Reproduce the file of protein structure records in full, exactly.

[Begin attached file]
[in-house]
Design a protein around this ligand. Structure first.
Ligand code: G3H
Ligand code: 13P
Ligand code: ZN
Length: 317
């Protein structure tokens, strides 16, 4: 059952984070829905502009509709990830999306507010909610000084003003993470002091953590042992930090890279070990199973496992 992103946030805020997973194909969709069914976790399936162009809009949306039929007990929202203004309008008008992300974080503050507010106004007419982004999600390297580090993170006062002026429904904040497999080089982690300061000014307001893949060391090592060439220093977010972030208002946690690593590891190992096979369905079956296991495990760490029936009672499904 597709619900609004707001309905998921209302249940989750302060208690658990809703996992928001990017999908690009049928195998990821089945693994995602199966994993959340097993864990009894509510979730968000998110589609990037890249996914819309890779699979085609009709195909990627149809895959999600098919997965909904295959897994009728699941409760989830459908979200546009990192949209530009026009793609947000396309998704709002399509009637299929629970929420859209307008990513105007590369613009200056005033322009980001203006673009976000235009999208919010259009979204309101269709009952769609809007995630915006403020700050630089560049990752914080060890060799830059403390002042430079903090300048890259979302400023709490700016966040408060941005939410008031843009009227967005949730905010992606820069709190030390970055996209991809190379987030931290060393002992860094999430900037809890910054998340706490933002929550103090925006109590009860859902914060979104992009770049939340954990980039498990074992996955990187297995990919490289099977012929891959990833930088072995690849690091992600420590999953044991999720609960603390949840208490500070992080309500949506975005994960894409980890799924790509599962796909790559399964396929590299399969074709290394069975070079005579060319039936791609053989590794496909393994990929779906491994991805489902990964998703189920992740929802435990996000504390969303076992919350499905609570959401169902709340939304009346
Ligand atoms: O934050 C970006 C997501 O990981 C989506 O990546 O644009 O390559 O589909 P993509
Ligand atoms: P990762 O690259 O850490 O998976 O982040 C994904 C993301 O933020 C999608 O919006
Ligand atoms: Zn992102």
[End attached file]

[in-house]
Design a protein around this ligand. Structure first.
Ligand code: G3H
Ligand code: 13P
Ligand code: ZN
Length: 317
């Protein structure tokens, strides 16, 4: 059952984070829905502009509709990830999306507010909610000084003003993470002091953590042992930090890279070990199973496992 992103946030805020997973194909969709069914976790399936162009809009949306039929007990929202203004309008008008992300974080503050507010106004007419982004999600390297580090993170006062002026429904904040497999080089982690300061000014307001893949060391090592060439220093977010972030208002946690690593590891190992096979369905079956296991495990760490029936009672499904 597709619900609004707001309905998921209302249940989750302060208690658990809703996992928001990017999908690009049928195998990821089945693994995602199966994993959340097993864990009894509510979730968000998110589609990037890249996914819309890779699979085609009709195909990627149809895959999600098919997965909904295959897994009728699941409760989830459908979200546009990192949209530009026009793609947000396309998704709002399509009637299929629970929420859209307008990513105007590369613009200056005033322009980001203006673009976000235009999208919010259009979204309101269709009952769609809007995630915006403020700050630089560049990752914080060890060799830059403390002042430079903090300048890259979302400023709490700016966040408060941005939410008031843009009227967005949730905010992606820069709190030390970055996209991809190379987030931290060393002992860094999430900037809890910054998340706490933002929550103090925006109590009860859902914060979104992009770049939340954990980039498990074992996955990187297995990919490289099977012929891959990833930088072995690849690091992600420590999953044991999720609960603390949840208490500070992080309500949506975005994960894409980890799924790509599962796909790559399964396929590299399969074709290394069975070079005579060319039936791609053989590794496909393994990929779906491994991805489902990964998703189920992740929802435990996000504390969303076992919350499905609570959401169902709340939304009346
Ligand atoms: O934050 C970006 C997501 O990981 C989506 O990546 O644009 O390559 O589909 P993509
Ligand atoms: P990762 O690259 O850490 O998976 O982040 C994904 C993301 O933020 C999608 O919006
Ligand atoms: Zn992102």